[4] QUESTION: You've written extensively about why employees are disengaged, but if you could write the most-widely read personnel manual, what three activities would you include to create inspiring workplaces?
MARK HERBERT: At its most basic, I try to teach my clients to hire hard and manage easy. What I mean by that is, first of all, you hire people whose values and commitment to your “Why” are clear. When people face a values incongruency at any level with their role or company, engagement isn’t going to happen.
Second, I tell my clients they need to embrace Stephen M. Covey’s trust model. There are three distinct levels of trust: statutory, knowledge based, and identity based. Identity based trust is the goal. That is where you have alignment. It is a difficult hurdle to achieve. It doesn’t come with degrees or certifications. It comes from shared experiences.
Third, is hire the right leadership team. When I say leadership team, I mean from the C-suite to front line leaders. The best leaders possess the following in my experience:
• Technical Competence.
• Understanding and embracing the trust and congruency models.
• Emotional and Social Intelligence.
• Emotional Awareness.
• Emotional Balance.
You will notice that the “technical” skills are only one dimension, that isn’t accidental. People don’t trust and follow you for competence and intellect alone.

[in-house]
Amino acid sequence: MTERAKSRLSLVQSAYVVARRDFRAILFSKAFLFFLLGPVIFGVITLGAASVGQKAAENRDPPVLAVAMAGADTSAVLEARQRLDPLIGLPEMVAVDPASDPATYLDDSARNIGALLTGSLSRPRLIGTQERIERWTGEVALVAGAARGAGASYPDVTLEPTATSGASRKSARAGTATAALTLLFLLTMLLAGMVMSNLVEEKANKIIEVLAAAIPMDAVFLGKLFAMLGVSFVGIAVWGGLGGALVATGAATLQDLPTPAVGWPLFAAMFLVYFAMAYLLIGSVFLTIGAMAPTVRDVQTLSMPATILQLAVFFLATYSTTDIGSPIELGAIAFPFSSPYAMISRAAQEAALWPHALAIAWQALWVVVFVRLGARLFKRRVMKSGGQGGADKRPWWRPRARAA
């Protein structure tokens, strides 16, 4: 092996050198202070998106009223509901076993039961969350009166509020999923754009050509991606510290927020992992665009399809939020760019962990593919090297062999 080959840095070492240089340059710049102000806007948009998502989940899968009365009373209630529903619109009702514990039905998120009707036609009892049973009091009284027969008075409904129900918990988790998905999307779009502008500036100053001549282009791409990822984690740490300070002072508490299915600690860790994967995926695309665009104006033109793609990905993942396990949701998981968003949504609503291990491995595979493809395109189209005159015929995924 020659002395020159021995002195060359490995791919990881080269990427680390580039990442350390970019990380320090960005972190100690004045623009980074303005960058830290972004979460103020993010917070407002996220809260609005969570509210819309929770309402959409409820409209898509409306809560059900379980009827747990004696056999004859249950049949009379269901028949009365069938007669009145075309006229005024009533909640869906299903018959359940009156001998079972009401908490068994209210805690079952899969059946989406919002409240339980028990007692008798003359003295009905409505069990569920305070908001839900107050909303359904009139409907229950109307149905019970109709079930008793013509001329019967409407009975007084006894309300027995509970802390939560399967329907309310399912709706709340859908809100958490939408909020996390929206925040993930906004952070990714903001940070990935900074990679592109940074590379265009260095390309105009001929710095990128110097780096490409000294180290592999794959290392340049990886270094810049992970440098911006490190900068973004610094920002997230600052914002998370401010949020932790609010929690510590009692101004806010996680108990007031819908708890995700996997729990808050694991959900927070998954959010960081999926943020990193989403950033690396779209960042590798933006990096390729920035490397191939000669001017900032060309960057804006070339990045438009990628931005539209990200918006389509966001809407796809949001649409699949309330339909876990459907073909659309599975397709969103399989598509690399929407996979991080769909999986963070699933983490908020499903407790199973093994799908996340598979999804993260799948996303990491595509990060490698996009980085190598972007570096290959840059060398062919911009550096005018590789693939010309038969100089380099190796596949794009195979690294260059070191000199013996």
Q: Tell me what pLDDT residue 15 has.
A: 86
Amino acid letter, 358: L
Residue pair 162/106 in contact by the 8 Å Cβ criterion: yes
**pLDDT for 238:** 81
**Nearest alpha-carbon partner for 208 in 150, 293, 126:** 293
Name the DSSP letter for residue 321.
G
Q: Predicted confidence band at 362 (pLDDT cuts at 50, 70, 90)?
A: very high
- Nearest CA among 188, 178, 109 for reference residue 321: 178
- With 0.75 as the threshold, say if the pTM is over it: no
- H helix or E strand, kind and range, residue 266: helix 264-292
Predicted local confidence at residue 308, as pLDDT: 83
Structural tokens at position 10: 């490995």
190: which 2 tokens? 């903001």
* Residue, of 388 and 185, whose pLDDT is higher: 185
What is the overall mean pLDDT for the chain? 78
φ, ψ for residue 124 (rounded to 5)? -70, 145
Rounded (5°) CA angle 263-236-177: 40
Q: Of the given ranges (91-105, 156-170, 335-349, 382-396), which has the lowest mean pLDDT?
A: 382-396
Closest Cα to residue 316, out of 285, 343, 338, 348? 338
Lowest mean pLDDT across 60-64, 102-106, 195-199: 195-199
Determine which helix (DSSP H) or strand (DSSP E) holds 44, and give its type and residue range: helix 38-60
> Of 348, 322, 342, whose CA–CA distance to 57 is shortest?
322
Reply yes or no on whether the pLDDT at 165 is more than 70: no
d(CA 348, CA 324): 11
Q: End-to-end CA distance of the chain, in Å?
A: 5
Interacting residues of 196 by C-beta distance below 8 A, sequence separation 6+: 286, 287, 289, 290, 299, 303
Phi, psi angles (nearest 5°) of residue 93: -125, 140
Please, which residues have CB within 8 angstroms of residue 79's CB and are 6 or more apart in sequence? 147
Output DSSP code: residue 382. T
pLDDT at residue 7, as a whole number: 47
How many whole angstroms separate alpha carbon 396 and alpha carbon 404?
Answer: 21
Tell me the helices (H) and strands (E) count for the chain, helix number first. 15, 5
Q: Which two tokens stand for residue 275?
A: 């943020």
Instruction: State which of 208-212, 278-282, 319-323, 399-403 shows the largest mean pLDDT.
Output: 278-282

[5] QUESTION: You are responsible for one of my all-time favorite leadership quotes. "Leadership doesn't require you to be the smartest person in the room. It requires you to block and tackle for others." What led up to the quote?
MARK HERBERT: I have watched too many emerging leaders and entrepreneurs making the transition be overly concerned with being the “expert” on everything. Spending my early career in large companies taught me that there are many facets that make up a successful strategy. One person is typically incapable of mastering all of them. The best leaders recognize the elements that need to be represented in a complete strategy and they integrate them. They don’t try to be the first chair to use a musical analogy, they conduct the orchestra. I have watched people step up and do amazing things when they were given permission and freedom to make mistakes without fear of failing. The other is being sure that credit and success are in abundance rather than scarcity. Use recognition proactively rather than reactively.

My gratitude to Mark for sharing his timeless leadership insights. I invite you to check out Mark's previous guest appearances on the Debbie Laskey Blog at the links below:

Tips to Engage Your Workforce (June 1, 2011)

Workforce Engagement and Motivational Secrets (January 11, 2013)

Why Brand Advocacy Is Closely Tied to Employee Engagement (May 7, 2014)

Why Janitors May Be Your Best Brand Advocates (March 7, 2016)